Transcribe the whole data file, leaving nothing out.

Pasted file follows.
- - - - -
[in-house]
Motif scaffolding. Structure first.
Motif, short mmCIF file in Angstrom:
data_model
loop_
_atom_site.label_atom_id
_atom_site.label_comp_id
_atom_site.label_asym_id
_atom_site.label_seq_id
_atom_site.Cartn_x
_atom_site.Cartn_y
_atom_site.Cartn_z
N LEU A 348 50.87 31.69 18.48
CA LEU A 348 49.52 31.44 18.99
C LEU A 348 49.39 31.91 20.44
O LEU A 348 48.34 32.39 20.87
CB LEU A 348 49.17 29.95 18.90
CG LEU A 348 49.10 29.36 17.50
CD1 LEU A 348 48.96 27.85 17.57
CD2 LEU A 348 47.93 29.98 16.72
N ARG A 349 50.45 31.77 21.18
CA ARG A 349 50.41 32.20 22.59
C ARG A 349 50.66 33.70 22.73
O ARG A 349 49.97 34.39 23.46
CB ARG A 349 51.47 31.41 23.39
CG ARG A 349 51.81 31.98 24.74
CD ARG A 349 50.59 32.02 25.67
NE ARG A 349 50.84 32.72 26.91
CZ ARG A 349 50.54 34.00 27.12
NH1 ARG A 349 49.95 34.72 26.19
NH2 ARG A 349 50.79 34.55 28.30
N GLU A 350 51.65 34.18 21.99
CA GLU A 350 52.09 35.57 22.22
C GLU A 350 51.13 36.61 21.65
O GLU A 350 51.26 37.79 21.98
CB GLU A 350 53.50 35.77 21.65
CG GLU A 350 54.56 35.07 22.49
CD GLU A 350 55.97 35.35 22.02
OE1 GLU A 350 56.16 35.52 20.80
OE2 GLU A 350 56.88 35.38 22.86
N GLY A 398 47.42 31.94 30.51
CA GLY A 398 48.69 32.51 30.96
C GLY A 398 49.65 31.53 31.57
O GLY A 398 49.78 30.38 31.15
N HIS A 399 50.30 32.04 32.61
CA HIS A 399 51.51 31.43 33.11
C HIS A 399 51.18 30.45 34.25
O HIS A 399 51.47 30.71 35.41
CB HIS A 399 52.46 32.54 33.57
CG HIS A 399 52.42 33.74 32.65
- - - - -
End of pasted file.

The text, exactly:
[in-house]
Motif scaffolding. Structure first.
Motif, short mmCIF file in Angstrom:
data_model
loop_
_atom_site.label_atom_id
_atom_site.label_comp_id
_atom_site.label_asym_id
_atom_site.label_seq_id
_atom_site.Cartn_x
_atom_site.Cartn_y
_atom_site.Cartn_z
N LEU A 348 50.87 31.69 18.48
CA LEU A 348 49.52 31.44 18.99
C LEU A 348 49.39 31.91 20.44
O LEU A 348 48.34 32.39 20.87
CB LEU A 348 49.17 29.95 18.90
CG LEU A 348 49.10 29.36 17.50
CD1 LEU A 348 48.96 27.85 17.57
CD2 LEU A 348 47.93 29.98 16.72
N ARG A 349 50.45 31.77 21.18
CA ARG A 349 50.41 32.20 22.59
C ARG A 349 50.66 33.70 22.73
O ARG A 349 49.97 34.39 23.46
CB ARG A 349 51.47 31.41 23.39
CG ARG A 349 51.81 31.98 24.74
CD ARG A 349 50.59 32.02 25.67
NE ARG A 349 50.84 32.72 26.91
CZ ARG A 349 50.54 34.00 27.12
NH1 ARG A 349 49.95 34.72 26.19
NH2 ARG A 349 50.79 34.55 28.30
N GLU A 350 51.65 34.18 21.99
CA GLU A 350 52.09 35.57 22.22
C GLU A 350 51.13 36.61 21.65
O GLU A 350 51.26 37.79 21.98
CB GLU A 350 53.50 35.77 21.65
CG GLU A 350 54.56 35.07 22.49
CD GLU A 350 55.97 35.35 22.02
OE1 GLU A 350 56.16 35.52 20.80
OE2 GLU A 350 56.88 35.38 22.86
N GLY A 398 47.42 31.94 30.51
CA GLY A 398 48.69 32.51 30.96
C GLY A 398 49.65 31.53 31.57
O GLY A 398 49.78 30.38 31.15
N HIS A 399 50.30 32.04 32.61
CA HIS A 399 51.51 31.43 33.11
C HIS A 399 51.18 30.45 34.25
O HIS A 399 51.47 30.71 35.41
CB HIS A 399 52.46 32.54 33.57
CG HIS A 399 52.42 33.74 32.65